IVR builder
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By: Aivis Olsteins

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Announcing IVR Builder

It is finally here: easy to use yet powerful IVR building service for everyone

After almost a year of works we are very happy to say that IVR Builder - an intelligent, graphically scriptable IVR system is finally live.

With lots of focus recently of automation base on Artificial Intelligence, chat bots and so on, we felt that there is lot to do to get these things to the real world, so they are reachable to everyone, and not only the biggest companies with very large resources. Learning of every new API or programming language requires time and resources and takes away focus from more important things. So we decided to take an area which we knew the best - telecommunications and add tools which would translate highly specialized services like speech recognition, speech synthesis, text analysis, etc into easy to use building blocks that one can use to build their own intelligent voice response system.

Our goal was not only to build an IVR system, but to build it to be both powerful and easy to understand. We wanted to build a tool which can be used to quickly assemble the flow of the call, how the various sound files are played, touch tones recognized, speech captured, interpreted, and speech synthesized. There would be a need for some data flowing into each call, conditions (IF, THEN), loops (WHILE ...) and so on. So the natural choice was to use a programming language. We started to work on that initially: we too Javascript - a popular high level programming language and decided to build Javascript parser which would allow users to write their scripts. This initial concept is covered in some of my earlier blogs if one is interested to view history: Building Script Driven Telephony Engine and  Usecase: Phone Based Donation Service. However, we quickly came the conclusion that this was too complicated for an average user: we do not want to ask him to learn full syntax and structure of the programming language.

So we settled on a compromise: we will keep Javascript as the basis, but will use graphical drag and drop interface with blocks which would each represent either a command of the language, a structure, or a predefined function. So for example, if one is to build a very easy voice mail system, he would need just couple blocks to place in a sequence like this:


As you can see there are language written in the blocks. Putting into javascript, it would become this:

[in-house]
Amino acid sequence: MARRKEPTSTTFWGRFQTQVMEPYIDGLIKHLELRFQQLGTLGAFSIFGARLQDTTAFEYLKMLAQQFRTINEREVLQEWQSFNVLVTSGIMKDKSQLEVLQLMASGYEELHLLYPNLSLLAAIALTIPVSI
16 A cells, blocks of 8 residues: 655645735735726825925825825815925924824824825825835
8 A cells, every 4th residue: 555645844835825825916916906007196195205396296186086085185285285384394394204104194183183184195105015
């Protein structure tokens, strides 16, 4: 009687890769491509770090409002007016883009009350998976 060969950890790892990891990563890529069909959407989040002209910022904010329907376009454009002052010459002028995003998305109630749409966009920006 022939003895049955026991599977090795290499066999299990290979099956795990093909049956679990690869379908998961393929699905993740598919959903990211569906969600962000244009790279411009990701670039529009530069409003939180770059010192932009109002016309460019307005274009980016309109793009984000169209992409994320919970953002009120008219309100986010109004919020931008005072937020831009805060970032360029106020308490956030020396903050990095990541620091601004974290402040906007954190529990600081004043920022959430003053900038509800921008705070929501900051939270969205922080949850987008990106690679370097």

text_to_speech('Hi. We are not home at the moment. Press leave a message','english-male');
var file = record_media(120,'#','vm');

The first line is just a function called whenever call come sto the IVR system. We do not need to worry about it now.

The second line is a built in function which synthesizes spoken text. It is built in the IVR Builder and can be used whenever necessary to speak something in the call. So the first argument is the message to speak, its just a text. The second one is text to speech profile, we can select from the list of available languages and personalities, there are quite few of them. Behind the scenes we use Amazon Polly, if somebody is interested in details.

And finally the last line is again a built-in function for recording a voice of the caller. The first argument limits maximum duration in seconds, which we have set to 2 minutes here. The next one is stop symbol, which is pound (or hash) key # in our case. The last argument is file name prefix, so the files will be written with names starting with 'vm', like 'vm-2345abc.wav' , 'vm-a5647cd.wav' and so on.

Quite simple, isn't it? Well, I know there are some simplifications and shortcuts from the pure Javascript point of view. But for starting that should be enough.

Just one more example before we go. Wanted to show you a simple conditional branching.

Say we want to know if user wants to leave an urgent message, so we are alerted about it via SMS or email. Here is how one would do it in Javascript:

text_to_speech('Hi. We are not home at the moment. Press 1 to leave an urgent message or any other key for regular message','english-male');
var urgent = dtmf_get_digit();

text_to_speech('Please speak after the tone','english-male');

var file = record_media(120,'#','vm');

if (urgent == 1) {

email_send('you@address.com','me@address.com', 'VM', 'There is an urgent voicemail for you', file)

And in our IVR builder that would look like this:


Few more new things here:

1. Built in function to collect keypress (dtmf_get_digit)

2. IF statement which only fires if the condition is true

3. and another built-in function for sending email. it even takes recording as an argument and will send it in email attachment.

I hope I was able to explain IVR Builder easy enough so that anyone can start with it. Please, if you have interest, look at the few examples we have built- they are bit more complex than I have put here, but nevertheless they took less than an hour to build, each. There is a WebRTC phone on side at the demo page, please feel free to use it to dial into those demos (make sure you allow your browser to use microphone- it is necessary for those demos with speech recognition).

If you would like to start building your own IVR scripts, please use this link to have an account with us - it is completely free.

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About Author
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My name is Aivis Olsteins and I am owner of DataTechLabs. My experience in Telecoms started in early 1990's and I have worked in multiple technical positions in mobile, messaging and data networks. My expertise lies in telecom networks, database systems, distributed processing and large data analysis. These posts are my attempt to share my knowledge with everyone who might find it useful.

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